The Altis Avenida hotel is great for its central location and roof-top bar for sunset cocktails.
Twelve points for: Dining and relaxed atmosphere.
More information, see visitlisboa.com.
Good evening, Vienna!
WHAT’S the wurst that can happen at Eurovision?
Well, if you’re the bearded Austrian drag queen Conchita Wurst, not much – she won in 2014 with song Rise Like A Phoenix.
A long weekend in Vienna is a winner whatever the time of year.
In December, visit the Christmas markets, and the rest of the year, explore the castles, museums and grand coffee shops that make the Austrian capital so popular.
For a sense of history, try Cafe Sperl (cafesperl.at) that dates back 140 years.
For a funkier vibe go to Cafe Korb (cafekorb.at) for the delicious apple strudel and custard.
If you want a cappuccino, the local word for one is a melange.
For a traditional veal Wiener schnitzel dine at Schnitzelwirt (schnitzelwirt.co.at), which serves up nearly 20 varieties.
Somewhere cool to stay is The Guesthouse (theguesthouse.at), a chic bolt hole with a buzzy lobby-restaurant great for people watching.
Twelve points for: Museums and cafes.
More information, see wien.info.
Good evening, Berlin!
GERMANY has taken part in every Eurovision, and those of a certain age may remember Nicole, who won with A Little Peace in 1982 when TV newsreader Jan Leeming was your host live from Harrogate, North Yorks.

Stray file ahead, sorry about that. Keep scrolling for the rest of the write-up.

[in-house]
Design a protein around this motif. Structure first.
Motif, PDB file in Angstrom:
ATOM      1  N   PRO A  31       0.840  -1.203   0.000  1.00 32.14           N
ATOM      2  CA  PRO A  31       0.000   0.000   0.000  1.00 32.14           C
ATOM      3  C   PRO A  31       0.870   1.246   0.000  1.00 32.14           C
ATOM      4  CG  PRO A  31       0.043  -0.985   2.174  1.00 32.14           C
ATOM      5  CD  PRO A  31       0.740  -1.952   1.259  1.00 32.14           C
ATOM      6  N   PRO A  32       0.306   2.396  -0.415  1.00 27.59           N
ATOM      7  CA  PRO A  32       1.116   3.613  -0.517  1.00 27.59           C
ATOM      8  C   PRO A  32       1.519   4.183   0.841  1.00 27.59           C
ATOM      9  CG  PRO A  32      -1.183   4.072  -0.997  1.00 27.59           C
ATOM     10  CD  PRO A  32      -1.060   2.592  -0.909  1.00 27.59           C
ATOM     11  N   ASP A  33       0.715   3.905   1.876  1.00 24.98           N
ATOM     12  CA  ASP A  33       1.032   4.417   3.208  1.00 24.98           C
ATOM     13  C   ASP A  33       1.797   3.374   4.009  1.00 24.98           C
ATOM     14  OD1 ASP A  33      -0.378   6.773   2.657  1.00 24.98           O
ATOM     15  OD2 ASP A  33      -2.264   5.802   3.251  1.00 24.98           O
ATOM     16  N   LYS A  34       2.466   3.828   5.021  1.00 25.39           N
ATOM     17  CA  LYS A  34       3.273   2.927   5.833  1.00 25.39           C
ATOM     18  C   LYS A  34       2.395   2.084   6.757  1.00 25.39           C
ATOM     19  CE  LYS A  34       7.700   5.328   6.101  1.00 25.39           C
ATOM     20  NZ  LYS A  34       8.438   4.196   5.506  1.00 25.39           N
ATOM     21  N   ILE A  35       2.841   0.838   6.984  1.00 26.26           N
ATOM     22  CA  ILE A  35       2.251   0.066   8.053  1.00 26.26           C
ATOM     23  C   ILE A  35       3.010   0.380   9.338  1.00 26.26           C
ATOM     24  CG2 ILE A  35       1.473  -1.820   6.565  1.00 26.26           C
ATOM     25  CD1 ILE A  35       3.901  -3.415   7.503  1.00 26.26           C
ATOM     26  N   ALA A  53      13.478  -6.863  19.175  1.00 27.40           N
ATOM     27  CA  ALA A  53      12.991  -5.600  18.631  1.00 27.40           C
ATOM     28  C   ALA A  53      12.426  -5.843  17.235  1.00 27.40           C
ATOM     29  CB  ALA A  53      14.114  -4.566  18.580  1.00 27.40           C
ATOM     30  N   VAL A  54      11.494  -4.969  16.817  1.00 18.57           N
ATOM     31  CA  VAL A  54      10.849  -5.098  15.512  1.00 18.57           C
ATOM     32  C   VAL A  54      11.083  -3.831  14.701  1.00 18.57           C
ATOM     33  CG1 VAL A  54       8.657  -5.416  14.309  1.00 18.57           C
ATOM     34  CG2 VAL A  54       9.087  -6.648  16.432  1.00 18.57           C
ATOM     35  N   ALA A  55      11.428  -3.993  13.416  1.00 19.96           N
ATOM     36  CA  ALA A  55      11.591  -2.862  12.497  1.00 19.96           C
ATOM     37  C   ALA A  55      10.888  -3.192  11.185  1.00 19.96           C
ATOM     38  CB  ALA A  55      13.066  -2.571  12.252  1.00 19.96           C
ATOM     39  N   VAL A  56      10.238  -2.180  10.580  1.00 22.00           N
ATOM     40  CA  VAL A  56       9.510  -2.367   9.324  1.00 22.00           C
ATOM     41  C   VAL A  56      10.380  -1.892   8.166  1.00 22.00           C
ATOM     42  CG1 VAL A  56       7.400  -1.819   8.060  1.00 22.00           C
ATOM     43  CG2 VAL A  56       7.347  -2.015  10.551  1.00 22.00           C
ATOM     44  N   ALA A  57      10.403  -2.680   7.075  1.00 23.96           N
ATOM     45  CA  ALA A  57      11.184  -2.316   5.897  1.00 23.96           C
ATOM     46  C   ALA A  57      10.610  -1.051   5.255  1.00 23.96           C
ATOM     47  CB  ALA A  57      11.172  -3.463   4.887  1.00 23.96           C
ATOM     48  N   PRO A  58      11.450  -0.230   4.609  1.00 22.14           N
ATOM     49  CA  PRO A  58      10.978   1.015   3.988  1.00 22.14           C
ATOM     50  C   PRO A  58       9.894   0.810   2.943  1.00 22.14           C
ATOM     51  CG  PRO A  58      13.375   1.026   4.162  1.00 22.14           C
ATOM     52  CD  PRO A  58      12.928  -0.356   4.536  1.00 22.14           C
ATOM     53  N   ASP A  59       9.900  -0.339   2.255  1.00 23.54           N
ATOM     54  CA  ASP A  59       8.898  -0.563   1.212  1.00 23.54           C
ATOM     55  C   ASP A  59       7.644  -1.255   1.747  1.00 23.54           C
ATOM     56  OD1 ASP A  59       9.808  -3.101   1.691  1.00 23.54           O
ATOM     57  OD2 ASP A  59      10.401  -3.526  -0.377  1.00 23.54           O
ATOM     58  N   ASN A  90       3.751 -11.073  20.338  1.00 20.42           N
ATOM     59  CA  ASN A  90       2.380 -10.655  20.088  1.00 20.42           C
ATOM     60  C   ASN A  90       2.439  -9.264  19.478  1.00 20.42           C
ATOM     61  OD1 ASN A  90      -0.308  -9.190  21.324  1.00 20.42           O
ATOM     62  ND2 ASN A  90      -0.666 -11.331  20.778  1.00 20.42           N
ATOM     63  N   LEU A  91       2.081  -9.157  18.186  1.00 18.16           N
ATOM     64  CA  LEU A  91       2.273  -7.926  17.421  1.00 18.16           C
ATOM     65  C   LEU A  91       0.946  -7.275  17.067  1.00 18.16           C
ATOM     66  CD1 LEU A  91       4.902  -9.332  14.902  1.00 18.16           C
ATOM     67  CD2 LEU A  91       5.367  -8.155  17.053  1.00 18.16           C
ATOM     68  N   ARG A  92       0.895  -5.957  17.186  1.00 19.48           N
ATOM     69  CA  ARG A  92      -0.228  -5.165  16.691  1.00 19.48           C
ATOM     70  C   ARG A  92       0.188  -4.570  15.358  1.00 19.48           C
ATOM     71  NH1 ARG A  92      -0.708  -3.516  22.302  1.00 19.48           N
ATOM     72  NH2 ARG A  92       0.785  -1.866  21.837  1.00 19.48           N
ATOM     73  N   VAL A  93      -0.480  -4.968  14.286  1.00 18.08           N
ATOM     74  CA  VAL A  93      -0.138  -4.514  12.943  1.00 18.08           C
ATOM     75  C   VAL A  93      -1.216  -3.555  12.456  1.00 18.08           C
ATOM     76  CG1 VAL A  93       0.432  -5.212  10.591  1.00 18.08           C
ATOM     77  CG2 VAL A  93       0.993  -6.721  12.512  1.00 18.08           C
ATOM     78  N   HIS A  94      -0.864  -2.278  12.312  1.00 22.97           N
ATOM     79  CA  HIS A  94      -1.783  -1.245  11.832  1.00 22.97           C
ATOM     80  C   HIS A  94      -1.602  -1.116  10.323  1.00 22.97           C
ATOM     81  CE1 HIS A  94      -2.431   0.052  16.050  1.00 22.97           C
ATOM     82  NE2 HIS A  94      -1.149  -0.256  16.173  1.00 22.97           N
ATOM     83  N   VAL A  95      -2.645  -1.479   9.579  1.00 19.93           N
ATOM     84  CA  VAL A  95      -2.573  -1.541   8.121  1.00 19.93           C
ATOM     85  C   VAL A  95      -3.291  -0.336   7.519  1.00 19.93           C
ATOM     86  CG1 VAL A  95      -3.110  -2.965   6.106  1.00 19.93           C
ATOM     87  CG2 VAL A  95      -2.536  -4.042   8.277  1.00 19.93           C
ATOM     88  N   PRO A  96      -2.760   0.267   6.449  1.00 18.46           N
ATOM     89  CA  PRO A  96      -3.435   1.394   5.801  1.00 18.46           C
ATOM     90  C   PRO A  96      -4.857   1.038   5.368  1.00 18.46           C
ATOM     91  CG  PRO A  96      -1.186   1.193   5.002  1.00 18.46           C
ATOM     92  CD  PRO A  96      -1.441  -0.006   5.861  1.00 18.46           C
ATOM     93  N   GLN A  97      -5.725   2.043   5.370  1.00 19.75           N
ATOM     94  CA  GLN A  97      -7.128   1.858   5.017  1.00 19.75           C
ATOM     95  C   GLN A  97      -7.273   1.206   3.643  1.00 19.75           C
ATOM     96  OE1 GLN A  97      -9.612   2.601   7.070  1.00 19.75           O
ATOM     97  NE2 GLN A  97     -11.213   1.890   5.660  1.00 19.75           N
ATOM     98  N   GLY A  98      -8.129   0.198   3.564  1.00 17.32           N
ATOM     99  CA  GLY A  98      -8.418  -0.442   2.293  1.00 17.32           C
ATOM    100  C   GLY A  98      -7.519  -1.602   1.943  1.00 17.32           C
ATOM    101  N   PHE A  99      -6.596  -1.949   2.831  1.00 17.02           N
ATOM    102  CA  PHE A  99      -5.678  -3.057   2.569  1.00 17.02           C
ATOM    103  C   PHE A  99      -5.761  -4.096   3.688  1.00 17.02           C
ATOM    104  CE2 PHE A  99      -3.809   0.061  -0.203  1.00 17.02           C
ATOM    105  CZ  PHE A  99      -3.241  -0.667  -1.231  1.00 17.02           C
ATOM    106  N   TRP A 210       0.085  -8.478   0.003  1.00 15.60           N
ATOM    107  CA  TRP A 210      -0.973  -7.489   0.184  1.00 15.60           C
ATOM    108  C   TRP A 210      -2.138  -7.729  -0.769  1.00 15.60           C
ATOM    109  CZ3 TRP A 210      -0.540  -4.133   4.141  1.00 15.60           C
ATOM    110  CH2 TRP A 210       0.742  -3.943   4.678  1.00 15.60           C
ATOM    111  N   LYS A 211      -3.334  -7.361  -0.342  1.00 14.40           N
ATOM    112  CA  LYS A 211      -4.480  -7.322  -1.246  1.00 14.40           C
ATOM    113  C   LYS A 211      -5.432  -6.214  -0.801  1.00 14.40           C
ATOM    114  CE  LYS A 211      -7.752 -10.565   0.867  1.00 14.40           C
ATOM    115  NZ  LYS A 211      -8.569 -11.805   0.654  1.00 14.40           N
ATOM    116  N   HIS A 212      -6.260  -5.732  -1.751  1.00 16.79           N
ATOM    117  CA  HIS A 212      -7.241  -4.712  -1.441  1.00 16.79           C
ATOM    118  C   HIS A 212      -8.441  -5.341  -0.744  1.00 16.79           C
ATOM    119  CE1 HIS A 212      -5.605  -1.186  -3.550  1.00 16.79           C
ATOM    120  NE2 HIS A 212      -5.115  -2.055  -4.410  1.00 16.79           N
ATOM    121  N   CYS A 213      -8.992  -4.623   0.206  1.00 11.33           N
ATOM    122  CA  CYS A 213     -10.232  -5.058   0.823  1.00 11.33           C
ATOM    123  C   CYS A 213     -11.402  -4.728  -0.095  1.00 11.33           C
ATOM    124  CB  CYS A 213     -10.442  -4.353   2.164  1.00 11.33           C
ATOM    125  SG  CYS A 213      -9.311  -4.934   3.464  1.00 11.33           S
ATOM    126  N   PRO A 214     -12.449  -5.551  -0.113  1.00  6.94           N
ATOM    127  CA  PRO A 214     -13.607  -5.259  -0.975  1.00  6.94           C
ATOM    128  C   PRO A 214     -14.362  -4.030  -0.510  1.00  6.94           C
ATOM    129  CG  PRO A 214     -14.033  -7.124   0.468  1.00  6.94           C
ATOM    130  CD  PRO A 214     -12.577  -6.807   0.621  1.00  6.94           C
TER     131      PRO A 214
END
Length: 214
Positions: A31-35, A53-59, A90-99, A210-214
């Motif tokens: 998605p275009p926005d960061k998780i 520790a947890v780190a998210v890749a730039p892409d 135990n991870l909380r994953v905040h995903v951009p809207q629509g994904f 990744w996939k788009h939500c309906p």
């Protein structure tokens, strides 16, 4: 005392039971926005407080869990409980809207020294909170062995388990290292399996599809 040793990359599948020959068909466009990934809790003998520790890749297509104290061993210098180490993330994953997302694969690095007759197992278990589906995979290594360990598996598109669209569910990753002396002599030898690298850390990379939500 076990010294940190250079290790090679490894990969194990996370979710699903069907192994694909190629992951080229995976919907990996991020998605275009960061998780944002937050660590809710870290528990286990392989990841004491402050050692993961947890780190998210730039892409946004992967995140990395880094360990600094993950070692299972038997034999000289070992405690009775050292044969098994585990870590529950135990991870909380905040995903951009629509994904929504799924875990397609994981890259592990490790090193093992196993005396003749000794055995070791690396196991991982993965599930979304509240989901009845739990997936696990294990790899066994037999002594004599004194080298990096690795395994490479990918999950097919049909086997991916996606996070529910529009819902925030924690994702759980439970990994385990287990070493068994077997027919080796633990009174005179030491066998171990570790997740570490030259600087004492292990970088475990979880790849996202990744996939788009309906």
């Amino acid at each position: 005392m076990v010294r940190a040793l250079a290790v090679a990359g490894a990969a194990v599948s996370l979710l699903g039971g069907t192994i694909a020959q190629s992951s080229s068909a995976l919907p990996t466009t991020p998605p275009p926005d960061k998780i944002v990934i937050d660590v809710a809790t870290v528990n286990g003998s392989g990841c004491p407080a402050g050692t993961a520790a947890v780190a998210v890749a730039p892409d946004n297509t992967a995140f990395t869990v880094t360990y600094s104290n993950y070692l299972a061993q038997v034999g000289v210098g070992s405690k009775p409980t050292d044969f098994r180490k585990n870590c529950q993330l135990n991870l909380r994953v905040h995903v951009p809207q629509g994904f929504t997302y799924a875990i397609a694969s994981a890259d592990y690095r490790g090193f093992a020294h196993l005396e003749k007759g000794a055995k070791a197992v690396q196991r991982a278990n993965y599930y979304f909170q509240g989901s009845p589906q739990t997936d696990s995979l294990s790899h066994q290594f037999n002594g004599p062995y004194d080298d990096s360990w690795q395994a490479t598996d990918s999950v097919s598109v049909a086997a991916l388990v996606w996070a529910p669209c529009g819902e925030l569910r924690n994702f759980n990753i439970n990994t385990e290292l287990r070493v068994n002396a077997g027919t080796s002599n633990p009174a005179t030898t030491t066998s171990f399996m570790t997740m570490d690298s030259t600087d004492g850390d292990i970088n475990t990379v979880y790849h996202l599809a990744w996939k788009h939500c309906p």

Berlin gets our votes for several reasons: It’s great value (especially eating out), easy to get around and there’s lots to see and do over a long weekend.
Base yourself in Prenzlauerberg, which was a run-down area of East Berlin but is now packed with stylish cafes, restaurants and shops.
Stay at the Oderberger Hotel (hotel-oderberger.berlin), which was a communist-era swimming pool.
It’s been thoroughly renovated but you can still do laps in the ornate basement.
A five-minute walk away at Schwedter Street, there’s a memorial where the Berlin Wall divided the city.
If you want to know more about it, take a three-hour bike tour with guide Peter Barsch, who escaped to the West in 1978 (berlinonbike.de).
Twelve points for: Good value. More information, see visitberlin.de.
Good evening, Rome!
ITALY was in the first Eurovision in 1956 and two years later finished third with Volare, which is now the official song of drunk karaoke all over the world.
If you’re in the mood for pizza in the Italian capital, bear in mind that locals think of it as an evening meal rather than lunch.
And you might get a funny look if you ask for a cappuccino after mid-morning as it’s considered a drink for breakfast.
There are no secret rules for ice cream. Fatamorgana (gelateriafatamorgana.com) has nine branches across the city serving flavours such as chestnut, honey and orange peel alongside creamy classic favourites.
Many tourist attractions like the Colosseum and the Vatican get very busy, so try to book skip-the-line tickets online before you leave.
If the queue for the Sistine Chapel is too long, consider the Church of St Ignatius, which has an amazing painted ceiling.
The Hotel Condominio Monti has lots of cafes and restaurants nearby. See condominiomonti.it.
Twelve points for: Amazing history and food. For more info, see turismoroma.it.